Ralph Breaks the Internet

When a sequel is announced for a film that has already tied up all its narrative threads, you have to wonder if this is a) a cash grab (“Cars 2”) b) the exact same film but not as good (“Bridget Jones: The Edge of Reason”) or c) the creators just loved the universe they had created so much they wanted to keep playing in it (“Shrek 2”).

So where does “Ralph Breaks the Internet” fit in? Much closer to “Shrek 2” than “Cars 2”, and with an surprisingly important message – it’s dangerous to tie your identity to someone else, and Disney Princesses have led some pretty messed up lives. Granted, the first message is more important, but the second is most entertaining for the adults.

Between films, Ralph (John C. Reilly) has latched onto his role as Vanellope’s (Sarah Silverman) friend like a dog locks his jaw on bone. While this is manageable in the contained world of Litwak’s Arcade, out in the big bad world of the Internet, where the autofill is a touch aggressive, pop-up ads are surprisingly effective (possibly the least realistic thing about this film), and Disney is everywhere (possibly the most realistic thing about the film), Ralph and Vanellope are drawn in different directions, and Ralph must not only confront a YouTube(ish) comment thread about him (genuinely rough as anyone who’s visited YouTube can attest), but how good of friend he really is.

Everything that has made an impact online gets a name check here, even screaming goat memes. eBay gets the special treatment since it houses the film’s McGuffin (the only arcade wheel left to save Vanellope’s Sugar Rush racing game), but the most impressive animation comes from the world of Slaughter Race, a nod to Grand Theft Auto, randomly also a trick that worked surprisingly well in “Ride Along 2”. Man that is a messed up game.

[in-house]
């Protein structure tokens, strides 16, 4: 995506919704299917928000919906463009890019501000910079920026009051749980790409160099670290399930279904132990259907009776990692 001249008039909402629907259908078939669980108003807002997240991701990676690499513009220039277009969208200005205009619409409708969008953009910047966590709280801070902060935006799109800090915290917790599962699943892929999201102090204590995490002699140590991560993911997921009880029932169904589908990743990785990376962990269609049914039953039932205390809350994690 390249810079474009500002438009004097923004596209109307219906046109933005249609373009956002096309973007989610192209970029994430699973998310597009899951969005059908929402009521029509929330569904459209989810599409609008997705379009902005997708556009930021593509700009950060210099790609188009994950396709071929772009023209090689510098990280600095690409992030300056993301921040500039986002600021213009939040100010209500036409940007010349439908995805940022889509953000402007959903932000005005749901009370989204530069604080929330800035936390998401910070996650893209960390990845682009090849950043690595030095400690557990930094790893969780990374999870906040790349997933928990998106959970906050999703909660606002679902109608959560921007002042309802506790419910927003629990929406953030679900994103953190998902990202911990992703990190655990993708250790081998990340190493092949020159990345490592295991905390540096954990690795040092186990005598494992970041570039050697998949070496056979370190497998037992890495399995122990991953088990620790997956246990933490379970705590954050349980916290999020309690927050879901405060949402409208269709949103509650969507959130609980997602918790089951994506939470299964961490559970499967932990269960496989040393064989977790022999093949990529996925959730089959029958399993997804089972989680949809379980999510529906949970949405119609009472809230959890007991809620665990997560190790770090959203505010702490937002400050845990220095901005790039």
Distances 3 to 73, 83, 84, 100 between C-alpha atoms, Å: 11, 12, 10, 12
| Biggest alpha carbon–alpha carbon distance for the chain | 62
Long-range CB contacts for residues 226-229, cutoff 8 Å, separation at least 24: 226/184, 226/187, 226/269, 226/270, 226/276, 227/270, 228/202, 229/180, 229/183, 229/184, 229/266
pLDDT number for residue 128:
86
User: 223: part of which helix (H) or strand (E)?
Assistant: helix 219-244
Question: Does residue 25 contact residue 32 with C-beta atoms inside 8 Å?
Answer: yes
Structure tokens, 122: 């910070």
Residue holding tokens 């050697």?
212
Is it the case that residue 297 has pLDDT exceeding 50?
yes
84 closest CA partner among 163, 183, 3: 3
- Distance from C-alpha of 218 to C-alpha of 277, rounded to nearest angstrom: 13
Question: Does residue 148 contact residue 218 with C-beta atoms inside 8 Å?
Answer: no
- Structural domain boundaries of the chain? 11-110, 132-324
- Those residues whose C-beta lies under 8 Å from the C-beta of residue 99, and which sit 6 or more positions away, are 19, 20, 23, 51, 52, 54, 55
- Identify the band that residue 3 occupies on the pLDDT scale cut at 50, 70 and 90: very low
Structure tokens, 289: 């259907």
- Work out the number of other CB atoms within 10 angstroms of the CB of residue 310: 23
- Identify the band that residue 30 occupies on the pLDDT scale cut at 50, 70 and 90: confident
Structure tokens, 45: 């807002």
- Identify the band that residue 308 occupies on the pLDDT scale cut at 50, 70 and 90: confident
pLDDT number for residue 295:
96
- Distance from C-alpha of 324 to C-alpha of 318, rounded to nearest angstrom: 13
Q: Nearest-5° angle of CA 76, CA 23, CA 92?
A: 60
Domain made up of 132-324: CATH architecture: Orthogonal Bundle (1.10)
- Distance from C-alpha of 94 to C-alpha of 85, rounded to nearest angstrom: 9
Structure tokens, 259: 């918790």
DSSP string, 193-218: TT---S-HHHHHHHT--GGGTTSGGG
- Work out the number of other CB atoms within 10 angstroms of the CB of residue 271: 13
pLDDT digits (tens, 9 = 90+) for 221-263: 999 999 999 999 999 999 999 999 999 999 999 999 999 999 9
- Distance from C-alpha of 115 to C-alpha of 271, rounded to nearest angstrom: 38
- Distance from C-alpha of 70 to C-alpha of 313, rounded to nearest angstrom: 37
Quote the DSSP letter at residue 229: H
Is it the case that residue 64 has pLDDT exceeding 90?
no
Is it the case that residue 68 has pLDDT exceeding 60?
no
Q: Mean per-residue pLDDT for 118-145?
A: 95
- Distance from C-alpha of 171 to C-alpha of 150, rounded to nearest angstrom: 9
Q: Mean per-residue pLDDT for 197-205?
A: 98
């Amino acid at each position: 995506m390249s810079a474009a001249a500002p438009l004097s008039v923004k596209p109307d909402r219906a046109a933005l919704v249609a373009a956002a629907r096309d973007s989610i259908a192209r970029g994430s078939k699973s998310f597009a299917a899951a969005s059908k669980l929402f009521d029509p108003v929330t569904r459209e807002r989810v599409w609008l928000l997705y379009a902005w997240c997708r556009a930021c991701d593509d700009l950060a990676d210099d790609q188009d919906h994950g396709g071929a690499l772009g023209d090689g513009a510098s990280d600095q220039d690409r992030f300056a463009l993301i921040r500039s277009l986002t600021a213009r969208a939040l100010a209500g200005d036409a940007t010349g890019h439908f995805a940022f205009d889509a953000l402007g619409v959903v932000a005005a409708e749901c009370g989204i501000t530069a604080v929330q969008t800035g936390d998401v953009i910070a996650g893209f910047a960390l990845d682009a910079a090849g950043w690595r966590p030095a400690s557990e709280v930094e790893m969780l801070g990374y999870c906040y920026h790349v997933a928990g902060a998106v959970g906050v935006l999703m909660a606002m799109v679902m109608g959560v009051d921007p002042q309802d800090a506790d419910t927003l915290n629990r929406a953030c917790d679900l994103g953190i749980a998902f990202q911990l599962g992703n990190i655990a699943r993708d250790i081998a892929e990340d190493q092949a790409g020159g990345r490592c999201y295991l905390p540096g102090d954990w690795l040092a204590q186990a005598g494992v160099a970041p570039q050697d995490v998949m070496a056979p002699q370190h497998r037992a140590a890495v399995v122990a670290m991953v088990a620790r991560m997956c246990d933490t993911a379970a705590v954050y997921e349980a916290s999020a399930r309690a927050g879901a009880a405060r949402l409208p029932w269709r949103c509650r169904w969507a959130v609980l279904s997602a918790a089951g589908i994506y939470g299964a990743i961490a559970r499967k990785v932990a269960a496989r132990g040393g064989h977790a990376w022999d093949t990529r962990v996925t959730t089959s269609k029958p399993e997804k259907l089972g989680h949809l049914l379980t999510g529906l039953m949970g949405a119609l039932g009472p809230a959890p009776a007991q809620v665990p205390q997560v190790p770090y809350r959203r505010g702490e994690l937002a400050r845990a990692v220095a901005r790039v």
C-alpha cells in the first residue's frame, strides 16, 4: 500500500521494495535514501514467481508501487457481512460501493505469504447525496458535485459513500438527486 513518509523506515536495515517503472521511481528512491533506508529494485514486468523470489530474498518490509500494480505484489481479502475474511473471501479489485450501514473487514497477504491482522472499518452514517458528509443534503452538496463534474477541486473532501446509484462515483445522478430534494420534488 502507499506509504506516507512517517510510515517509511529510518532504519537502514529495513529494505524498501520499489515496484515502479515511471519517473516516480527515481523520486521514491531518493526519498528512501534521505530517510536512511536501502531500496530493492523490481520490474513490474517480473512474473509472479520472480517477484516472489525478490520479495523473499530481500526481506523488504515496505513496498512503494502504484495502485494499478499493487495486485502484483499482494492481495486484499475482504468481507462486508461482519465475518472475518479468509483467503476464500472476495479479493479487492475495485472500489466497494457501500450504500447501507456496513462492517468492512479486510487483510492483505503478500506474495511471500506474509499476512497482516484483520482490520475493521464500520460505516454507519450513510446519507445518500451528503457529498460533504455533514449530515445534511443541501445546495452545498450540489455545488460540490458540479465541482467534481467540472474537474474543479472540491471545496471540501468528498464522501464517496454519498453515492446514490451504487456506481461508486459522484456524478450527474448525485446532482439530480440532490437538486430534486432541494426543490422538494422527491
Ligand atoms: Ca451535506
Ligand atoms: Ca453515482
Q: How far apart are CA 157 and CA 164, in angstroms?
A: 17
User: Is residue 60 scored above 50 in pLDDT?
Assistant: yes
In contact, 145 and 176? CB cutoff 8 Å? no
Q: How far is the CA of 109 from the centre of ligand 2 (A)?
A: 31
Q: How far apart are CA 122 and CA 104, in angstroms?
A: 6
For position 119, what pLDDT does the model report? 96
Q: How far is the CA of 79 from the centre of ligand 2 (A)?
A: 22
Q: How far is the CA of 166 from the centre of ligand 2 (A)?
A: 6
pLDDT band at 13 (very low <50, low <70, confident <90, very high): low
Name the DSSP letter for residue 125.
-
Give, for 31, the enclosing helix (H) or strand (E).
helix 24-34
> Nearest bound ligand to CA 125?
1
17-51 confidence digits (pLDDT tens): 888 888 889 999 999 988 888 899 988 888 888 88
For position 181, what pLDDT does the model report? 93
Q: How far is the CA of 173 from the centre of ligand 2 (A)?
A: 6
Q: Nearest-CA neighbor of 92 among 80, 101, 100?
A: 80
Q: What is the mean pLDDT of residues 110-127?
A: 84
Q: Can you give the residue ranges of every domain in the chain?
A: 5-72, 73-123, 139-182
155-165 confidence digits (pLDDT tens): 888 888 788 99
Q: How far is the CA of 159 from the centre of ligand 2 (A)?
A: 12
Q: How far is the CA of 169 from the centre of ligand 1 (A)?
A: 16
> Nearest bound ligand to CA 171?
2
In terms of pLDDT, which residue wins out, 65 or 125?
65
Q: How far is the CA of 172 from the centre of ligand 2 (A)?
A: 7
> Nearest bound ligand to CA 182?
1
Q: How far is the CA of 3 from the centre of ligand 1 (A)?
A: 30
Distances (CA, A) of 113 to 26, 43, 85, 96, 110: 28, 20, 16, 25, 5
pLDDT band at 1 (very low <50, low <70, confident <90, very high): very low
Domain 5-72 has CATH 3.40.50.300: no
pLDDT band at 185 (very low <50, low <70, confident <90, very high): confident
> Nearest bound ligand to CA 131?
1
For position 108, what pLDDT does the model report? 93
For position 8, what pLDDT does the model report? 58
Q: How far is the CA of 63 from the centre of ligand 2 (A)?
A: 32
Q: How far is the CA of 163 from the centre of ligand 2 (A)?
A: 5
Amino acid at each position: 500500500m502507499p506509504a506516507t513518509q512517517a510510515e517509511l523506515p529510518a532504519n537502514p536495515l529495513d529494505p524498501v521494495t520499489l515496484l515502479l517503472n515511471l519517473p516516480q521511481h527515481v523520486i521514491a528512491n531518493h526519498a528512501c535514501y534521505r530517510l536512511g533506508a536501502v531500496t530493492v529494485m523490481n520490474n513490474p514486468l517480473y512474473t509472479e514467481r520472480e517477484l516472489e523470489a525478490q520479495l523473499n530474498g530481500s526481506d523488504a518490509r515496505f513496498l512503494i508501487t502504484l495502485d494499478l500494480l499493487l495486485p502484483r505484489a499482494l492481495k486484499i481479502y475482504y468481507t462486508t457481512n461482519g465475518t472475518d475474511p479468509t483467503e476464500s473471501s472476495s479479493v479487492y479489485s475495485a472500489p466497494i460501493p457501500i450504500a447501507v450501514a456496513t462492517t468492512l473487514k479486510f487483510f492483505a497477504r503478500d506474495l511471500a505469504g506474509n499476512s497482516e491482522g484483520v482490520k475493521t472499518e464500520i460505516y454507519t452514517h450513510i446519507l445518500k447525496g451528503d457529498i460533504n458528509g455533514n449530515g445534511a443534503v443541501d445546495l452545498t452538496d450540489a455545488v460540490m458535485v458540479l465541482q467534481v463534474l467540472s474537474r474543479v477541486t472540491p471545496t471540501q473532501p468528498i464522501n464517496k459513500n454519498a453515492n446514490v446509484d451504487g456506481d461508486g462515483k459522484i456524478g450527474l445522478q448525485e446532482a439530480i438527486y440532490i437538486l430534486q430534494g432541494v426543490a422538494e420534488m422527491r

Besides Ralph and Vanellope, the original “Wreck-It Ralph” characters get left behind, however there’s enough to explore in the new world to keep the pace of the movie in high gear. There’s something about the need for planning when creating an animated film that means there’s very little wastage, and every scene builds on the next one. This is something Disney and Pixar have always excelled at.

Any film that takes on the internet as a topic is a brave one, because the internet changes so fast that I’m not even sure selfies are still considered an expression of narcissism or just an accepted part of our online representation of identity and a guaranteed good angle. “Ralph Breaks the Internet” wisely doesn’t go near this topic. But what it does address is the notion of friendship, that sometimes being a good friend means supporting them to go somewhere you can’t follow, and that you shouldn’t rely solely on someone else to make you feel whole.

While this is a film clearly marketed for kids, any story with a good message, seering humour, and impressive visuals can be enjoyed by all ages, and “Ralph Breaks the Internet” is certainly one the adults will enjoy almost as much as the kids. One for the whole family.

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